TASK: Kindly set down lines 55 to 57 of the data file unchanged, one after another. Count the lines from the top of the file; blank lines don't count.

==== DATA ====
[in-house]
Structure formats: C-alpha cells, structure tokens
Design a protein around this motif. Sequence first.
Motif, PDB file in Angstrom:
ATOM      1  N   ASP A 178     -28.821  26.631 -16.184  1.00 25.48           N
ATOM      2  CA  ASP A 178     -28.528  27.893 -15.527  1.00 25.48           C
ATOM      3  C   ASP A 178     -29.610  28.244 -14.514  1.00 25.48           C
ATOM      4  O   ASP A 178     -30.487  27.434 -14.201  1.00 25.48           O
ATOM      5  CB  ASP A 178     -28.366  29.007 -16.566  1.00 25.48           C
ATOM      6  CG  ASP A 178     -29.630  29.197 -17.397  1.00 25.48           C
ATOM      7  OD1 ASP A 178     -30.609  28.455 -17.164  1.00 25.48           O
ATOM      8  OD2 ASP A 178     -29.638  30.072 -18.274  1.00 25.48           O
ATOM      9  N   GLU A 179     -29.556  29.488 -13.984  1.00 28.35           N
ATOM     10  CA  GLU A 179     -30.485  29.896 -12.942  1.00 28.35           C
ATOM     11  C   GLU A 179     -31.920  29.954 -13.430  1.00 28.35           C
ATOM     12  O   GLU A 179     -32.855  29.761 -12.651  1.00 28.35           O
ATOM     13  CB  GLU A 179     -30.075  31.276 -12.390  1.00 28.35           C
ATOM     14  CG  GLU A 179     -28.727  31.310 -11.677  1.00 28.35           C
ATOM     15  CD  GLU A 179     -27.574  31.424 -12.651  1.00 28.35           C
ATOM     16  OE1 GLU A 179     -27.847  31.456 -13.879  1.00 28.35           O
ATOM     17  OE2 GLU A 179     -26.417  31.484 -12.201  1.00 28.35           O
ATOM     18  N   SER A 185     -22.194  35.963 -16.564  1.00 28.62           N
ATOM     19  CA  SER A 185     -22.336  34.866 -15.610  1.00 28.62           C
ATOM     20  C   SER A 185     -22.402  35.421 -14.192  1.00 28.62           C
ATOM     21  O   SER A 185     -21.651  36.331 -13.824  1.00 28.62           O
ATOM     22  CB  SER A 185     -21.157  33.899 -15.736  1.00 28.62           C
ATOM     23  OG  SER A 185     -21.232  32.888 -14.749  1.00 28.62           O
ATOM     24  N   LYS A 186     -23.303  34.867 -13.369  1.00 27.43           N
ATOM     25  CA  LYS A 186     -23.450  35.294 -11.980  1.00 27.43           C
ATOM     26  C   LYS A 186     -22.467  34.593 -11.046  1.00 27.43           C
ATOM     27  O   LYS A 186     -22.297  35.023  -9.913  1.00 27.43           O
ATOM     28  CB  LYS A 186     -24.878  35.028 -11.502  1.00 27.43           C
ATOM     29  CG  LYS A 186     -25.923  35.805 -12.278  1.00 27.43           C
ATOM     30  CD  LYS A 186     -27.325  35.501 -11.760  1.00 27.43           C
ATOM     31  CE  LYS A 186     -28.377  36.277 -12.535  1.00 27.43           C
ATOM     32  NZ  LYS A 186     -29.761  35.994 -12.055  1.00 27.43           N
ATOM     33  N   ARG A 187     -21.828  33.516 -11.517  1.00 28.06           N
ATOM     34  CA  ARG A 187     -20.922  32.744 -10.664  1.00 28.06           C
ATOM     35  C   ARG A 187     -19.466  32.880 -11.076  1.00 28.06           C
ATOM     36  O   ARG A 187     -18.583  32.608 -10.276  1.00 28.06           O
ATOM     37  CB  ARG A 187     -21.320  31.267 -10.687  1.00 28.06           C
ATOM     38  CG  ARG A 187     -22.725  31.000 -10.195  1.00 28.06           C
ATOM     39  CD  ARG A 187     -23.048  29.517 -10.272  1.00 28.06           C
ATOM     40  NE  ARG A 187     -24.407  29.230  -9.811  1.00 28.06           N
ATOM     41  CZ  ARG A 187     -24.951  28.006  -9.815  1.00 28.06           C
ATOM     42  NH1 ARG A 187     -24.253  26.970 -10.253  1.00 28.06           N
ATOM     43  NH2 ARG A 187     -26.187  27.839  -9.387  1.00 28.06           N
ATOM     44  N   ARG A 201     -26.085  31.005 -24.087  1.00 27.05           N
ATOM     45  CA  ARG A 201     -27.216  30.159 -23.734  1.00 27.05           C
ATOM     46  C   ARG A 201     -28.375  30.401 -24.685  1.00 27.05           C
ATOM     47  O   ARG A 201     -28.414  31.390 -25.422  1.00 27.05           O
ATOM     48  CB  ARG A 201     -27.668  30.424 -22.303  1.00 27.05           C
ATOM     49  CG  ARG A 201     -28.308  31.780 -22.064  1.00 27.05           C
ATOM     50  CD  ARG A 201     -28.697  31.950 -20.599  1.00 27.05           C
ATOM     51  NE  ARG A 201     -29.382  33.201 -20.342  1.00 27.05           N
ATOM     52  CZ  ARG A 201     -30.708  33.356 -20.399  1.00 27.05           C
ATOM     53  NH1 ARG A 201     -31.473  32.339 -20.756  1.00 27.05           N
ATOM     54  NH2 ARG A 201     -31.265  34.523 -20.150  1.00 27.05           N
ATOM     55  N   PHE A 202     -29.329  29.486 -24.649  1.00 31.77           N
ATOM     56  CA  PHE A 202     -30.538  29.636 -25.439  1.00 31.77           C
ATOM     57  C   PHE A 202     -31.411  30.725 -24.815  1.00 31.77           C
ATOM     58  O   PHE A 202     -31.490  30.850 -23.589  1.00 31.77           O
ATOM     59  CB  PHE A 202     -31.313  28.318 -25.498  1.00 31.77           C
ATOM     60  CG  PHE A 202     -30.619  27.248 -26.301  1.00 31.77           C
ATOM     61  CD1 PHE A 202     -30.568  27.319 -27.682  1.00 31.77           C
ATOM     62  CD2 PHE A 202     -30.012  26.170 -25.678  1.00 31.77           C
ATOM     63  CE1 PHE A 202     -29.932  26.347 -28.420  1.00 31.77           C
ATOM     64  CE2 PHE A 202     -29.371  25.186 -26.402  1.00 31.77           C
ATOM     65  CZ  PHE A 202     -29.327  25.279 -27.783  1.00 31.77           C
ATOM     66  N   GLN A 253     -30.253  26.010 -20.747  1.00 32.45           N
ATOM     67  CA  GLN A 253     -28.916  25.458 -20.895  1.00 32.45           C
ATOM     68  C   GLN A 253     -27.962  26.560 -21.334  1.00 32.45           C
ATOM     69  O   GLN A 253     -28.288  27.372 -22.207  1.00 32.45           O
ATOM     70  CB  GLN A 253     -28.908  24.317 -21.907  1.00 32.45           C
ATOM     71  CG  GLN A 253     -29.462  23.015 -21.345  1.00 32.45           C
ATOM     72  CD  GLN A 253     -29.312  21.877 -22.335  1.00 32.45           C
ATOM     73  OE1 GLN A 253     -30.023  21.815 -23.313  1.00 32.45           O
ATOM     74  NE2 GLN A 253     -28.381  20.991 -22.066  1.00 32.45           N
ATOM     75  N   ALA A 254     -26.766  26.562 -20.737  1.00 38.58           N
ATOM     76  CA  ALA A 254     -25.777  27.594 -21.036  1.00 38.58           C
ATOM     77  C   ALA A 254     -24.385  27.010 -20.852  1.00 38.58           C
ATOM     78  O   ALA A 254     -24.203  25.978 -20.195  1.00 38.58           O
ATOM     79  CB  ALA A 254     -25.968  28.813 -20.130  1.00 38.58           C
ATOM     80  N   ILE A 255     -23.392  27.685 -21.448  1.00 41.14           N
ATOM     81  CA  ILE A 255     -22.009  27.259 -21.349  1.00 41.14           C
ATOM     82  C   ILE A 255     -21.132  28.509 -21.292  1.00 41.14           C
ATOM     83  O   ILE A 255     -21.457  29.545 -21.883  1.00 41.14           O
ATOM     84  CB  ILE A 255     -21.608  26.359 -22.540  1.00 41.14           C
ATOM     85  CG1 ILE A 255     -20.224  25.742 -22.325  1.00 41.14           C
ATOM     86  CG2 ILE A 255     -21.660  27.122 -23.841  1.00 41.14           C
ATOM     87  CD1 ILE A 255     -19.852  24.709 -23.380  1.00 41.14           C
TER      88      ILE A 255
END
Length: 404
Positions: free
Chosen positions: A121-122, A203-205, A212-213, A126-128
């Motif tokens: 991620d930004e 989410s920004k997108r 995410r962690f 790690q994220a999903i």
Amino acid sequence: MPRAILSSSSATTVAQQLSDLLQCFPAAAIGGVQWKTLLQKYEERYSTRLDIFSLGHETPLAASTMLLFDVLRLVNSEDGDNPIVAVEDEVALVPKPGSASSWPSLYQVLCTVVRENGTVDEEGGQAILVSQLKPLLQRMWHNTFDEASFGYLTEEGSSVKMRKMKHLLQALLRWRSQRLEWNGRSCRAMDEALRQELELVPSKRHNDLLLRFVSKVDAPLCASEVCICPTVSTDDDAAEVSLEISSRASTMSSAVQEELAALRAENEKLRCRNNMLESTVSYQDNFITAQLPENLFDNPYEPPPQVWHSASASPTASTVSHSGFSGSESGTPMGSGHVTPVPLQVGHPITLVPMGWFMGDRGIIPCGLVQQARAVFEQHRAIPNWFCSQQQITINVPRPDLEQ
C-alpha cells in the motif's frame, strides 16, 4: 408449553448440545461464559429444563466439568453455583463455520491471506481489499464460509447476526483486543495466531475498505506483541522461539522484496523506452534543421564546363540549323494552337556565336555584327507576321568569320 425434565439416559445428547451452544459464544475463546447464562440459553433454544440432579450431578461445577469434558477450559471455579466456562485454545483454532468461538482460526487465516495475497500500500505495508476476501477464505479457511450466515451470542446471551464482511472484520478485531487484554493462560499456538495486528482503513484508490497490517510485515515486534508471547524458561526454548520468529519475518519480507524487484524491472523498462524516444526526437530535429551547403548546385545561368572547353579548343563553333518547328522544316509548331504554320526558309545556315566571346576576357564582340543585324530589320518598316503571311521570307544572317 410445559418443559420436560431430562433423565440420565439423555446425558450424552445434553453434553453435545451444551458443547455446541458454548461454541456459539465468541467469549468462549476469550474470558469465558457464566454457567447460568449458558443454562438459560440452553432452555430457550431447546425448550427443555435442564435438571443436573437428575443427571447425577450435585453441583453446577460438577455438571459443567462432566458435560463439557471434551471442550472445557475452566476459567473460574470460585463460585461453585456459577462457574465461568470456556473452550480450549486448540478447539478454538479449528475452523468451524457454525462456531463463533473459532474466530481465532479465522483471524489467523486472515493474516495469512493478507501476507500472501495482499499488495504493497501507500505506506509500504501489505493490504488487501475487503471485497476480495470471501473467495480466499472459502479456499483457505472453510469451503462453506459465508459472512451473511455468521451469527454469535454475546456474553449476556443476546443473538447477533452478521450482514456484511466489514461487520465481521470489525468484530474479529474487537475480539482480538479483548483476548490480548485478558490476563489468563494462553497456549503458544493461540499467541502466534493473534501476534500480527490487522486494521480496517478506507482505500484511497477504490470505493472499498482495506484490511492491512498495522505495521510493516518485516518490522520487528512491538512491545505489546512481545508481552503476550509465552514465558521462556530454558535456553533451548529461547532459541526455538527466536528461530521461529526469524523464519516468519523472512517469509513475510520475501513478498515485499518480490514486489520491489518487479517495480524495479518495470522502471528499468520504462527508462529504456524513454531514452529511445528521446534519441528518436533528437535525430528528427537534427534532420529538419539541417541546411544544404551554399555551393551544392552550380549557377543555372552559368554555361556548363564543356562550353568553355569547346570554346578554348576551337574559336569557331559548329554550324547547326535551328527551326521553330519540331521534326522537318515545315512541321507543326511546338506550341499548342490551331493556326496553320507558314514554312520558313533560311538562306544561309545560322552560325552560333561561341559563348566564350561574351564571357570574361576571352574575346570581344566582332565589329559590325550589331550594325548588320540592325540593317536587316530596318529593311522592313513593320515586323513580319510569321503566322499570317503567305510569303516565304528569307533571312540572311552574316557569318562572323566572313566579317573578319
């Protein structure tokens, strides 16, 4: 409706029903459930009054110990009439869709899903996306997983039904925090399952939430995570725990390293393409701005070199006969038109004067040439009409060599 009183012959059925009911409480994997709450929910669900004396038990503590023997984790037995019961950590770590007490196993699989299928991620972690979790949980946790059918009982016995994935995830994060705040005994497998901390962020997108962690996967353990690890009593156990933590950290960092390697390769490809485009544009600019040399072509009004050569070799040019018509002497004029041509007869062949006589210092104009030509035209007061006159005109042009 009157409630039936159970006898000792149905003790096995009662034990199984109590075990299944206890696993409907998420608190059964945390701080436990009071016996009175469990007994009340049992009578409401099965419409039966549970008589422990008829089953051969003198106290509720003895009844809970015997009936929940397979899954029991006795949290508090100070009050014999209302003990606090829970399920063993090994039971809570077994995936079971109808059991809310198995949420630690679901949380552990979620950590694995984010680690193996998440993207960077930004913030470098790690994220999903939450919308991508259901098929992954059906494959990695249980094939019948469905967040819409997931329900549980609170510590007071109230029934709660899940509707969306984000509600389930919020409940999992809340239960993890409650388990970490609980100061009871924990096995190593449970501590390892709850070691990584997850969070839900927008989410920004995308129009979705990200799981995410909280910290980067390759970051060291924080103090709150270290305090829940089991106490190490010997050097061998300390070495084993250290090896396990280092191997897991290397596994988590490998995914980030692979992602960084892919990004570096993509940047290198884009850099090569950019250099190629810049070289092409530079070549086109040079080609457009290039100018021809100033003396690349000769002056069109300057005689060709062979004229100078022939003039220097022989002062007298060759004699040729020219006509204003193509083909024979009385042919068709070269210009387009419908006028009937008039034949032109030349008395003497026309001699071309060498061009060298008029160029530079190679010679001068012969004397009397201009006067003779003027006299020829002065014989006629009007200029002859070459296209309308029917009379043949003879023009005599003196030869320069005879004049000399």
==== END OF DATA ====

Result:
ATOM     51  NE  ARG A 201     -29.382  33.201 -20.342  1.00 27.05           N
ATOM     52  CZ  ARG A 201     -30.708  33.356 -20.399  1.00 27.05           C
ATOM     53  NH1 ARG A 201     -31.473  32.339 -20.756  1.00 27.05           N